CUFSM Overview CUFSM3.12 • Main • Input • Properties • Post • Compare • New: constrained finite strip (cFSM) functions
1 2 4 3 Load and Save files as desired. To compare more than one analysis, save several different files after performing analysis and load them into the Comparison post-processor (start this by pressing Post). Print, sends the current screen to the default printer. Copy sends the current screen to the clipboard in bitmap format. Reset starts the program over and clears all entered data. Exit, leave CUFSM Z: zoom in and zoom out R: rotate 1. Enter the Geometry2. Apply the desired load/stress distribution3. Analyze the member4. Post-process and recover modes and critical loads
Define as many materials as you like here. • This is the input page. • An example is built-in to CUFSM (see Tutorial 1) and that example always comes up when CUFSM is started. • Tutorial 1 demonstrates the basic functionality of this page and many of the different plotting options. • Tutorial 2 shows how to enter a member from scratch and how the Double Elem. button may be used to improve your model. • Tutorial 3 shows how to use the C/Z template to input a member. Directly enter, or cut and paste in,the geometry of your member here. Define the elements here. Each element has an individual thickness and material that you select. Define the half-wavelengths that your member will be analyzed at here. Define constrained finite strip analysis parameters, and which modes to analyze You can model any external springs that are attached to your member here. You can model any equation constraints for your mode here.
Simple member properties are calculated and given above. These are used below to determine stress distributions on the member. Generate bimonent based on torqre (T) you input and L, x. The boudary condition is simply-simply supported beam with length L and the location of torque is at x along the length. An example will be given in next slide. Tutorials 2 and 3 show how to use this section effectively for simple Cee and Zee members. By defining a maximum, or yield stress, loads (P) and moments (M) may be determined. Any of these P or M can be used to generate a reference stress distribution on the member you create in the Input page.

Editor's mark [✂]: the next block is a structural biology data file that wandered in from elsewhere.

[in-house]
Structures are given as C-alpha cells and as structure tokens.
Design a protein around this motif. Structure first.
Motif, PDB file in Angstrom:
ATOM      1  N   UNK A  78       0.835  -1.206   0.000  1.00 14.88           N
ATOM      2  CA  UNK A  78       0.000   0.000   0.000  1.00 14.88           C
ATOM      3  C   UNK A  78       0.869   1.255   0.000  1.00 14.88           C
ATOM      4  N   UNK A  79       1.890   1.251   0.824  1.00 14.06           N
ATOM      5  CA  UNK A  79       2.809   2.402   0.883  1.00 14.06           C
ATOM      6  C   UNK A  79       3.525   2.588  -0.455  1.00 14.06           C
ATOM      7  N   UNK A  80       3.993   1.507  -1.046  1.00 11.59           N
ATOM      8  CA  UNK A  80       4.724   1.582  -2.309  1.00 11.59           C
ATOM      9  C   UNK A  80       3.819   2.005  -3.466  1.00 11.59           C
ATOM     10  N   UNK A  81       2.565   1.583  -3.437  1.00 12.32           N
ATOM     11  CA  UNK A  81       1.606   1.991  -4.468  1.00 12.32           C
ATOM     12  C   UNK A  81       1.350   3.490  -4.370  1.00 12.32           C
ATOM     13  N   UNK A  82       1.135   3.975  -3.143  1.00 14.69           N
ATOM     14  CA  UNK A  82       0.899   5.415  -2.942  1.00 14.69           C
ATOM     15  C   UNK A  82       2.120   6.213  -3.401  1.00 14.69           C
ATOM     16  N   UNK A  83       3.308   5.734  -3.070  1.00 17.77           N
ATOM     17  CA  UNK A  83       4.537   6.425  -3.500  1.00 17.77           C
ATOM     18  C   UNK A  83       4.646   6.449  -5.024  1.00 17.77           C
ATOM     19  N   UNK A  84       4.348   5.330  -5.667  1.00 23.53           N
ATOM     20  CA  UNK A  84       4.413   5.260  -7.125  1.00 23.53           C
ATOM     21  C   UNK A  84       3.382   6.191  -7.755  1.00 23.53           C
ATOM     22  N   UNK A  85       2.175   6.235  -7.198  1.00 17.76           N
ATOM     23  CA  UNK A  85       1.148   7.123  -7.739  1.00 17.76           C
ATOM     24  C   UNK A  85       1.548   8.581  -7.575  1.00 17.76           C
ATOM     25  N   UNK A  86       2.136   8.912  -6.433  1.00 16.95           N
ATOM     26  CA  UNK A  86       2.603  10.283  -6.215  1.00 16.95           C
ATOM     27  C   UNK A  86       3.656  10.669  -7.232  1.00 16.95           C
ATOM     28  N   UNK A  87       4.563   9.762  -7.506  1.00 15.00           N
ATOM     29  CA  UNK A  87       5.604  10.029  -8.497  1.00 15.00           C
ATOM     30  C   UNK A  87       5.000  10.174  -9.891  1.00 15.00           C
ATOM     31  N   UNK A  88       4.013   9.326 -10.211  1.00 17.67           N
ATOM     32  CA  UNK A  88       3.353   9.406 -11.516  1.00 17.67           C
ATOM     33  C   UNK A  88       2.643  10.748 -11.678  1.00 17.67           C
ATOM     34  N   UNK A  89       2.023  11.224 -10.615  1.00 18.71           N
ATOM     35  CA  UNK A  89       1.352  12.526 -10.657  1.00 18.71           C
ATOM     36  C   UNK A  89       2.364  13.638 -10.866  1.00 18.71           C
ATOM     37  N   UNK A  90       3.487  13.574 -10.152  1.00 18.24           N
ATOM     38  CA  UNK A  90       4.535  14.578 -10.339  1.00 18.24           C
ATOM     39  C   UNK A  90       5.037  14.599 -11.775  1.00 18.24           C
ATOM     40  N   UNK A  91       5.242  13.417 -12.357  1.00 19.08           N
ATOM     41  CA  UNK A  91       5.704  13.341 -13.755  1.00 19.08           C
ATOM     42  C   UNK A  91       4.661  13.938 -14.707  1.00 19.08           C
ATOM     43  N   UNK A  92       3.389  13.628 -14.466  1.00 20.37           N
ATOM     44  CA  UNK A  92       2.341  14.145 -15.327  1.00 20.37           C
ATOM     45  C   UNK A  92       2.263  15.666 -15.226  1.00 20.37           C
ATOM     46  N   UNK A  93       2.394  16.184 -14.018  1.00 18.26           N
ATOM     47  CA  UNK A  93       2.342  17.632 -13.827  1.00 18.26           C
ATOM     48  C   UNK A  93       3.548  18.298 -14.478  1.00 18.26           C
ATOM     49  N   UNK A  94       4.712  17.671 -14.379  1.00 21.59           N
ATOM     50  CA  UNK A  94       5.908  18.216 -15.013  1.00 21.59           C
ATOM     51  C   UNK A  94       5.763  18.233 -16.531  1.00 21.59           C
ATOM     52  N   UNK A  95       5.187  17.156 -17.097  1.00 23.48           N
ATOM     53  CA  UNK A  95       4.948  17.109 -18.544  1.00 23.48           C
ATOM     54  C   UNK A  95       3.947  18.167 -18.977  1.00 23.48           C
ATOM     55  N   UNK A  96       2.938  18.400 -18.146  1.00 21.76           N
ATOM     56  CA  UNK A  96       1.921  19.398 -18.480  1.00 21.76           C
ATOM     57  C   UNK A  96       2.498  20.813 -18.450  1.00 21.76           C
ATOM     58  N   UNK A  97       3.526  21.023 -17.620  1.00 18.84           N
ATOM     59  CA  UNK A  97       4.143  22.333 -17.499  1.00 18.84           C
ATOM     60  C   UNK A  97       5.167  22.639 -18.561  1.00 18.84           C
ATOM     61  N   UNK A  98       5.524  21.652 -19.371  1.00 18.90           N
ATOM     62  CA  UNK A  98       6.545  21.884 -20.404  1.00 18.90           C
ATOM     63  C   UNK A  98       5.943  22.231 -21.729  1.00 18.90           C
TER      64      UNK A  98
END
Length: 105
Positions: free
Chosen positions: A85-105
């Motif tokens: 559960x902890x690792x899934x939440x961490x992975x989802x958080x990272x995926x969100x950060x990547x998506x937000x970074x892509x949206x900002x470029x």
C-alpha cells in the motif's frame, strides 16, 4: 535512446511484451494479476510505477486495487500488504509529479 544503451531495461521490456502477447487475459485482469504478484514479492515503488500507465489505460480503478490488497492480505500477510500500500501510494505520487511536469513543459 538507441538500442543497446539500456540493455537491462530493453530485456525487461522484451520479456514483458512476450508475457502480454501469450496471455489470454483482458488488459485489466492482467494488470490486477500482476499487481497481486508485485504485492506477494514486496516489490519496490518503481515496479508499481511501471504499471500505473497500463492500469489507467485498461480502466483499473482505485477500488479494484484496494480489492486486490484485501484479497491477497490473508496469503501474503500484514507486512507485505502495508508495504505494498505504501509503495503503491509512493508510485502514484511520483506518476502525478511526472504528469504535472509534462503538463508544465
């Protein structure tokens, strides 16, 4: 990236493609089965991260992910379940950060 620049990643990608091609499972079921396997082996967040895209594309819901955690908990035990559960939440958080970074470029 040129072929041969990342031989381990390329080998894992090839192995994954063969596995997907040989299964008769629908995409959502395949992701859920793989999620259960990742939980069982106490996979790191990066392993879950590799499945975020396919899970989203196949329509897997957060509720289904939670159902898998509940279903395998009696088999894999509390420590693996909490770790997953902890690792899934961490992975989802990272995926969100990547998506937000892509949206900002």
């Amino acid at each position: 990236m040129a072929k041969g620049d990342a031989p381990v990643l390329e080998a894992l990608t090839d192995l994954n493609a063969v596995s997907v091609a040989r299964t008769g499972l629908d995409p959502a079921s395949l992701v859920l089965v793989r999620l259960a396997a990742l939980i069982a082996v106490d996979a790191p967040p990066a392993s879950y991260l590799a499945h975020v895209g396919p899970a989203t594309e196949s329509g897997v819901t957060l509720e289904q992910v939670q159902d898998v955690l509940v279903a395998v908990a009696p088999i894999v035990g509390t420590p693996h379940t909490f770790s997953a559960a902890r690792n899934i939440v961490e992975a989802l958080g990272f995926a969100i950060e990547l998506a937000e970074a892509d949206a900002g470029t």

By setting torque T=50, Length L=100, and at x=50, the bimoment B is 2456.3212. Left is the distribution of warping stress for the default channel section. Check here and generate warping stress.
All plotting of the buckling mode shapes is controlled to the left. The key buttons are the arrows that control the half-wavelength. 2D and 3D plots of the mode shapes are available as well as a plot of the stress distribution. Values associated with the currently shown plot are given above the plot. Tutorials 1,2 and 3 show how to effectively interpret and manipulate the post-processing page. Full control over the buckling curve given below is available using the controls to the left. The numerical results for the first mode may be written to a text output file, if desired. The “red dot” on the plot shows where you are at on the plot, at all times.
The user has complete control over which buckling mode to view - select the type of plot, the half-wavelength, the mode, and which file you want to view! Multiple files are loaded for post-processing at the same time, see list to the left. You decide which loaded files should show in the buckling curves to the right.
To do modal classification, you must first turn cFSM on in “INPUT”, as shown in the figure below. See the tutorial on “advanced functions” for more on how to use cFSM. Modal classification: you can decide which norn to use, vector norm, strain energy norm and work norm. In this figure we use the strain energy norm. You can also see a supplemental participation plot.